California’s 2024-2025 Budget Seeks to Block $1.3 Billion of Refunds for Water’s Edge Taxpayers, Suspend NOL Deductions, and Limit Tax Credit Utilization May Revision of California’s 2024-2025 state budget seeks to block refund claims, worth approximately $1.3 billion for historical tax years, and $200 million per year going forward, by codifying informal guidance recently rejected by the Office of Tax Appeal’s (OTA) decision in the Matter of the Appeal of Microsoft Corporation & Subsidiaries (Appeal of Microsoft) and by granting the Franchise Tax Board’s (FTB) quasi-legislative rulemaking authority exempt from the procedural protections afforded by the Administrative Procedure Act.  The May Revision also proposes to suspend net operating loss (NOL) deductions and limit tax credit utilization to $5 million per year for tax years 2025-2027; however, the legislature proposes to apply the changes to tax years 2024-2026 instead..

In the Appeal of Microsoft, the OTA held 100 percent of repatriated dividends under the Tax Cuts and Jobs Act were gross receipts and must be included in the taxpayer’s sales factor denominator.  In so holding, the OTA rejected the FTB’s reliance on FTB Legal Ruling 2006-01, which states only net dividends are includable in the sales factor based on the rationale that the sales factor should only include receipts that produce business income included in the apportioned tax base.  The OTA specifically dismissed FTB Legal Ruling 2006-01 as nonbinding, unpersuasive, and inconsistent with well-established law.  For additional detail, refer to our previous discussion here.

Reversing the OTA’s Decision in the Appeal of Microsoft

The May Revision contains a trailer bill that proposes to retroactively provide support for the denial of approximately $1.3 billion in anticipated refund claims mentioned above by explicitly providing a legislative endorsement of FTB Legal Ruling 2006-01; adding a statute (Revenue and Taxation Code Section 25128.9) excluding all apportionment factors related to income excluded, deducted, exempt, eliminated or otherwise not apportioned for any reason; and granting the FTB broad authority under that section to create quasi-legislative regulations and rules exempt from all procedural protections that would otherwise be required under the Administrative Procedure Act.  The trailer bill states the provisions of the bill are not a change in law, but rather are declaratory of existing law.  Therefore, the bill would apply both retroactively and prospectively to all tax years, and only require a majority vote to pass.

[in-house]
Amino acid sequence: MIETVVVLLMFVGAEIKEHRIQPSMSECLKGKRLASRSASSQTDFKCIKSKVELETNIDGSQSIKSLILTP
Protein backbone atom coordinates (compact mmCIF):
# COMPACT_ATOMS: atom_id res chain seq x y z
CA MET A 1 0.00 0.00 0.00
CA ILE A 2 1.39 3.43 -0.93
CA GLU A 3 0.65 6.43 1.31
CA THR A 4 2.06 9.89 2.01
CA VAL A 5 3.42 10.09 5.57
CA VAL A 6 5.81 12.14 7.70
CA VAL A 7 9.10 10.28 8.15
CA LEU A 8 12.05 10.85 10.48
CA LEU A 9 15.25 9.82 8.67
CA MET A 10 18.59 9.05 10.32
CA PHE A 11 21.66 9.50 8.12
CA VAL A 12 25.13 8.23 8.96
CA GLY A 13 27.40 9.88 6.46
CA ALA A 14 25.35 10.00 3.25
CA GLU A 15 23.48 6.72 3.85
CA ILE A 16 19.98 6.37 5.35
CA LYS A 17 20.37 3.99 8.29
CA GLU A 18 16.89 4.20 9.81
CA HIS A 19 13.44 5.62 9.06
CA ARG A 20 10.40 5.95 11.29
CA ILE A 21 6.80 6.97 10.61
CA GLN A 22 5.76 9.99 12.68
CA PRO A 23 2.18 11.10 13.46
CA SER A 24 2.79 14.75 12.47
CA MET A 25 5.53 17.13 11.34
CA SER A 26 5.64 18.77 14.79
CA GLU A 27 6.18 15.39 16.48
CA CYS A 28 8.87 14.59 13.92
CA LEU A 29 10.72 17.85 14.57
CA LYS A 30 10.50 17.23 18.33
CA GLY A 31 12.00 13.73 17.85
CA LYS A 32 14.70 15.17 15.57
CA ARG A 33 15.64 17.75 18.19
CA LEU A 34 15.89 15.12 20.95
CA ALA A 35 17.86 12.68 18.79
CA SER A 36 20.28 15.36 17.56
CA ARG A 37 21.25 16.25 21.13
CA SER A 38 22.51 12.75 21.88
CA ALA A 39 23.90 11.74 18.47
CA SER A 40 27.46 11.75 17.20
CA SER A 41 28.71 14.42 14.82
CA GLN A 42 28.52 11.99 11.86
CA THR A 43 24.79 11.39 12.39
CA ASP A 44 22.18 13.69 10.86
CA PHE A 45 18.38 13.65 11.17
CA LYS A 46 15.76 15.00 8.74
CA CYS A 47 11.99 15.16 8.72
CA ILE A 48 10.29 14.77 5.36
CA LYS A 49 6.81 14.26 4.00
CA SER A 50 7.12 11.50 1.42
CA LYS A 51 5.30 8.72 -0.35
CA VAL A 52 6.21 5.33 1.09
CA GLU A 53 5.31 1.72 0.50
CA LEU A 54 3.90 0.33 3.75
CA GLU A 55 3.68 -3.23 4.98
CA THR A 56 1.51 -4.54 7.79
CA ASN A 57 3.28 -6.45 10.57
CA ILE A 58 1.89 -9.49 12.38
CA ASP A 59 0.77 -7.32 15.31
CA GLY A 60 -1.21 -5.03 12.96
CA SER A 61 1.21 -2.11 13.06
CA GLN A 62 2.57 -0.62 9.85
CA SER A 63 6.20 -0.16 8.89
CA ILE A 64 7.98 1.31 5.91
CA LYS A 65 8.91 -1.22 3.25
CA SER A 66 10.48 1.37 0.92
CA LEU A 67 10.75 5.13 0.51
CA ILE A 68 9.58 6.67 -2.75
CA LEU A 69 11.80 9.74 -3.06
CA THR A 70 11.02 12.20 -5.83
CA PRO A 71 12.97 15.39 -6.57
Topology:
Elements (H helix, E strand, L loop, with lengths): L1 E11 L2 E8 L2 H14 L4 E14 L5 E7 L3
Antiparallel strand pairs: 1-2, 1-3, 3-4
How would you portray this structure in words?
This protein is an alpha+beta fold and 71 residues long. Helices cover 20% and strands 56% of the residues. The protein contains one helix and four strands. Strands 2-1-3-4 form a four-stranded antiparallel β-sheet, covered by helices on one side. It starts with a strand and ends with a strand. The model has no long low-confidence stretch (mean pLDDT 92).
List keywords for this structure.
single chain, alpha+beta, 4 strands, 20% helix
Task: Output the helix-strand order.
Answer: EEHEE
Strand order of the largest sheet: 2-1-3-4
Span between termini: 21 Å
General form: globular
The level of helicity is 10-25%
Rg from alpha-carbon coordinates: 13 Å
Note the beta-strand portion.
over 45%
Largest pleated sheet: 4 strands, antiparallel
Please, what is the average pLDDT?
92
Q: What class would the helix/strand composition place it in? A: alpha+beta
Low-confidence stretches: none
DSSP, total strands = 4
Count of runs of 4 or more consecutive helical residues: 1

On May 16, 2024, members of the Senate Budget Subcommittee No. 4 indicated they had no concerns with this proposal.  Under the California Constitution, the legislature must pass the budget by June 15, 2024.

Net Operating Loss Suspension and Credit Limitation for Tax Years 2025-2027

The May Revision includes a trailer bill that proposes to suspend the use of NOL deductions for taxpayers with income over $1 million and limit the amount of most business tax credits any taxpayer could claim to $5 million business credits.  The Assembly’s summary of the legislature’s budget proposal, and the Senate budget subcommittee’s legislative staff summary, indicate the legislature seeks to make these changes effective for tax years 2024-2026.  These NOL and credit limits were previously in place for tax years 2020 and 2021, but then removed for the 2022 tax year.  The legislature also proposes to remove a trigger in the Governor’s May Revision that would have lifted the NOL suspension if certain budget numbers were hit, which was part of the previous NOL suspension.

In its presentation to the Senate Budget Subcommittee No. 4, the Legislative Analyst’s Office urged the subcommittee to consider alternatives to suspending NOL deductions because it has the effect of treating similarly situated taxpayers unequally based on whether a taxpayer has steady or fluctuating profits each year, with the latter bearing a higher tax burden.